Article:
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Michelle Rhee Resigns

By now we all know that Almost Mayor Vince Gray and Schools Chancellor Michelle Rhee have amicably broken up and decided that Gray gets to keep the kids. Rhee said at a news conference this morning at a swanky ballroom of the Mayflower Hotel that she’s “heartbroken” to leave, but feels that it is in the city’s best interest that she go.

Rhee said that she and Gray decided together that “the best way to keep the reforms going is for this reformer to step aside.”

When asked about her future, Rhee joked about spending some more time in Sacramento (where her soon-to-be-husband Kevin Johnson is mayor) and said that her goal is to find ways of “serving America’s children.” Probably at the exact moment she was saying those words, poof, her new website, twitter account, and facebook page appeared. Clearly, Rhee’s got big plans, and her resignation announcement today can be viewed as a graduation ceremony to bigger and better things on the national stage (not that she wasn’t already a national figure, but you get the idea).

But this here blog is about local politics. So what does this mean for a guy who got elected by a bunch of people who don’t like Rhee, but wants to win over the folks who loved Rhee?

At first blush, the whole event looked like good politics. In contrast to the awkward scene outside of Rhee’s first post-election meeting with the Almost Mayor, today’s press-conference was nicely choreographed, designed to convey an image of stability that is crucial for Gray (and pretty important for Rhee’s onward employment prospects, too).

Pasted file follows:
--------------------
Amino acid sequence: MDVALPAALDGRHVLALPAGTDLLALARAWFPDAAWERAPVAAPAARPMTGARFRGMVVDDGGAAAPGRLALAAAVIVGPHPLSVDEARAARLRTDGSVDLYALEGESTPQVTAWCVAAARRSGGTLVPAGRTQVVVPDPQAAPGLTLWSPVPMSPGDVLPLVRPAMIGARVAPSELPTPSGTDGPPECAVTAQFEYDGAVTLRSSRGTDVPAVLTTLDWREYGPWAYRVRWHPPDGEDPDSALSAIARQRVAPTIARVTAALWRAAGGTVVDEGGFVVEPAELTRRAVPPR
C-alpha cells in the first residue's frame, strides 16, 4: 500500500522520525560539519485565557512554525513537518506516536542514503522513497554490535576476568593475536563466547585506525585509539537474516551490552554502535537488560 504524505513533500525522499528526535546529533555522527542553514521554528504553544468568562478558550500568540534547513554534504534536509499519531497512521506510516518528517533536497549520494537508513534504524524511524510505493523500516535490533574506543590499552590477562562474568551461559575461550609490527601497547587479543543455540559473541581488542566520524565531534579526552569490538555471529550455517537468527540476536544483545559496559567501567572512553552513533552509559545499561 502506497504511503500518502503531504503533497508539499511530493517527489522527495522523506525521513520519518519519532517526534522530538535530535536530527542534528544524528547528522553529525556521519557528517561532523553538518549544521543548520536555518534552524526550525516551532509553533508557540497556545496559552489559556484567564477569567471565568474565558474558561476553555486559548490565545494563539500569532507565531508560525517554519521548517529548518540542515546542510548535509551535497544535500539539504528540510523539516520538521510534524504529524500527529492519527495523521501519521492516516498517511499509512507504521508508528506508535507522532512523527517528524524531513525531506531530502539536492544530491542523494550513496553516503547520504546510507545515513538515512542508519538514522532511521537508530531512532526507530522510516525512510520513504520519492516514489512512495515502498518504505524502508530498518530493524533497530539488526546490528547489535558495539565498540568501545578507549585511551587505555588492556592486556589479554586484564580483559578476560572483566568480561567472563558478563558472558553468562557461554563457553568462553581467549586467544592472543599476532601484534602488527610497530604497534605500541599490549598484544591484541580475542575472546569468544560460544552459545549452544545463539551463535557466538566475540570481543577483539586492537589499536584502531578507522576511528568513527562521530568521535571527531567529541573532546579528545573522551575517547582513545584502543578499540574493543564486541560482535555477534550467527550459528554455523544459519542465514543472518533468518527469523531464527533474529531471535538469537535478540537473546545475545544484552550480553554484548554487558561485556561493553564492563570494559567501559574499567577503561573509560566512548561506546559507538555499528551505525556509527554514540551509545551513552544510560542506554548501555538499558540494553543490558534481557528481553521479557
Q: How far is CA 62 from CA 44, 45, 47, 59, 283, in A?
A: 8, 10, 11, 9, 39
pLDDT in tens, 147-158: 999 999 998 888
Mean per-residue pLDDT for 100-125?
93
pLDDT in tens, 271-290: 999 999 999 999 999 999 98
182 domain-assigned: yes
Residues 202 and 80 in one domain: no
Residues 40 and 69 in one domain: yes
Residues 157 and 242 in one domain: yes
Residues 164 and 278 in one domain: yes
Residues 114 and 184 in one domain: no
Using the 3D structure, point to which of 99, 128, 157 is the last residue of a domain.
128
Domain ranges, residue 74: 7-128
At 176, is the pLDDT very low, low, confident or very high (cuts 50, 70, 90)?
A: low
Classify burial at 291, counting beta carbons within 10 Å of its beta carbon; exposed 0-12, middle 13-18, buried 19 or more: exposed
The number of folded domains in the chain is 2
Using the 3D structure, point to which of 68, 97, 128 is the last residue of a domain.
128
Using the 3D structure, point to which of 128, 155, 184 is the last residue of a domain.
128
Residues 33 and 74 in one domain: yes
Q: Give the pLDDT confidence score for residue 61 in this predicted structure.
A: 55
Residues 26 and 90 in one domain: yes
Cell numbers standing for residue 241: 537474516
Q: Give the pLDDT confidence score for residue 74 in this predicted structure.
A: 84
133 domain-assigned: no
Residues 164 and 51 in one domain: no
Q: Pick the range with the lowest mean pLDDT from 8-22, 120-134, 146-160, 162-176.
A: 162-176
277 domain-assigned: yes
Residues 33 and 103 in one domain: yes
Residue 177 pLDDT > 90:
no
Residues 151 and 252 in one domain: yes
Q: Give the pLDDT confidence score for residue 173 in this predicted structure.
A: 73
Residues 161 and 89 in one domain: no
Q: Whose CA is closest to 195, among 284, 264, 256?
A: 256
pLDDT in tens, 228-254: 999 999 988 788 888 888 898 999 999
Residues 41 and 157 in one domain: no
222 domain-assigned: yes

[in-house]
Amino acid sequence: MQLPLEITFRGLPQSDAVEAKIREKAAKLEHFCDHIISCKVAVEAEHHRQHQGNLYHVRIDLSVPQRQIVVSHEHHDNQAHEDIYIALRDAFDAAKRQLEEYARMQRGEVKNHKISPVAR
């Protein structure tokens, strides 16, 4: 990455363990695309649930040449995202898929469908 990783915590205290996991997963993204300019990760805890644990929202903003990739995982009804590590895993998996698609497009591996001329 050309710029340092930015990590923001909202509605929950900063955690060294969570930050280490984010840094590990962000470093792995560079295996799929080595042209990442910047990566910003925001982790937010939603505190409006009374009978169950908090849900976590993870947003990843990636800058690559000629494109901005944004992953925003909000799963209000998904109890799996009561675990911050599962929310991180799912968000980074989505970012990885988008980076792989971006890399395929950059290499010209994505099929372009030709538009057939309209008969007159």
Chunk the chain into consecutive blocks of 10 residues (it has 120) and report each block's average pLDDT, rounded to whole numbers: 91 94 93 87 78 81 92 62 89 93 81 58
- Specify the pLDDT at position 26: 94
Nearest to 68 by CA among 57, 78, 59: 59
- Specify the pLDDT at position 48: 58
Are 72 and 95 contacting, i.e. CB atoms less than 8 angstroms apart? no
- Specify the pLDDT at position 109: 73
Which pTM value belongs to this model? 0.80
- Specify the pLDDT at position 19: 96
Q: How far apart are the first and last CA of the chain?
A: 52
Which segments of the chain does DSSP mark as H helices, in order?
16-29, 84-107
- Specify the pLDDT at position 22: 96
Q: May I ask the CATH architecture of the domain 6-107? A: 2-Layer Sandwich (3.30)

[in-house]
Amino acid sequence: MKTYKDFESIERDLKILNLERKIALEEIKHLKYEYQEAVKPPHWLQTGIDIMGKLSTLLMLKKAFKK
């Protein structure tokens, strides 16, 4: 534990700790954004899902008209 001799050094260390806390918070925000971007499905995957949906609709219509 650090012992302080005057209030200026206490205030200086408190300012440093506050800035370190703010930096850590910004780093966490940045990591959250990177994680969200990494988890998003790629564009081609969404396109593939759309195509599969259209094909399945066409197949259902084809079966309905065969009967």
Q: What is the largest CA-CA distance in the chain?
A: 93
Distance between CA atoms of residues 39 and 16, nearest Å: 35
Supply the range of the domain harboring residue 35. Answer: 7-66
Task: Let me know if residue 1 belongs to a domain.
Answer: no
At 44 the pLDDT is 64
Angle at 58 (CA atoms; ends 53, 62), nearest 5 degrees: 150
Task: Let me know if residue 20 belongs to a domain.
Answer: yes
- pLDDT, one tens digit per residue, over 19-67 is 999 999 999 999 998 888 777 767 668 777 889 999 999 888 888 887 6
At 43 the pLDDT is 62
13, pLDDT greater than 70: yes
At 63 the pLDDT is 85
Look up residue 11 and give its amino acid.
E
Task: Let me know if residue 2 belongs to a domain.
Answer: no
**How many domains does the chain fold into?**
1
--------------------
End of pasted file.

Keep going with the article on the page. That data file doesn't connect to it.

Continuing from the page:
Kaya Henderson

Likewise, Gray’s decision to keep Rhee’s senior-level staff in place for the rest of the school year and make her deputy Kaya Henderson interim chancellor also looks smart. Rhee-haters get their scalp while Rhee-lovers get a nice consolation prize: Rhee-like reforms, just without Rhee.

The soon-to-be ex chancellor was effusive in her praise for Henderson.

“So, one of the great things about the transition as we have planned it is that all of the reform can continue as planned,” Rhee said, adding that “this will be an absolutely seemless transition” because Henderson and the “entire” senior management team are staying in place.

Gray, for his part, said for the 1,453th time that he fully supports school reform and has no plans to be a micro-managing mayor.

All of which begs the question, and NBC 4’s Tom Sherwood asked it, why Rhee needed to leave?

“If you’re keeping Kaya Henderson, and you’re keeping the senior staff, and you’re keeping the … policies in place, why not keep Michelle Rhee,” Sherwood asked.

Gray stumbled through an answer by repeating that it was a “mutual decision,” before Sherwood asked, “Did you not want her or did she not want you?”

Gray said he didn’t think was an “appropriate question.” Actually, Vince, it’s a great question, and you already answered it: it was a mutual decision. You didn’t want one another.

Beyond the forensics over Rhee’s long-expected departure, there are more interesting questions that will continue to be revelant well after Rhee is safely ensconced in whatever high-powered education job awaits her.

For one: Will Henderson will be able to continue Rhee’s reforms, like firing bad teachers,without alienating large swaths of black parents like Rhee did? If she can, the results will represent a final indictment of Rhee’s leadership style. So far, things are looking pretty good: an aide to Gray says Henderson gets top marks among leaders in the black community, and the Washington Teacher’s Union President George Parker tells the Post said he respects Henderson’s ability to work collaboratively.

But the other question is all about Gray: Even if Henderson goes down as history’s sweetest, most politically savvy educational bureaucrat, the aggressive reforms that the Almost Mayor claims to want will inevitably involve some disagreeing with the union that helped elect Gray. When that happens, will she get the necessary political cover from her new boss? The answer to that question may represent an equally damning indictment of Gray’s leadership style.

(Photos by Darrow Montgomery. More photos available in Loose Lips)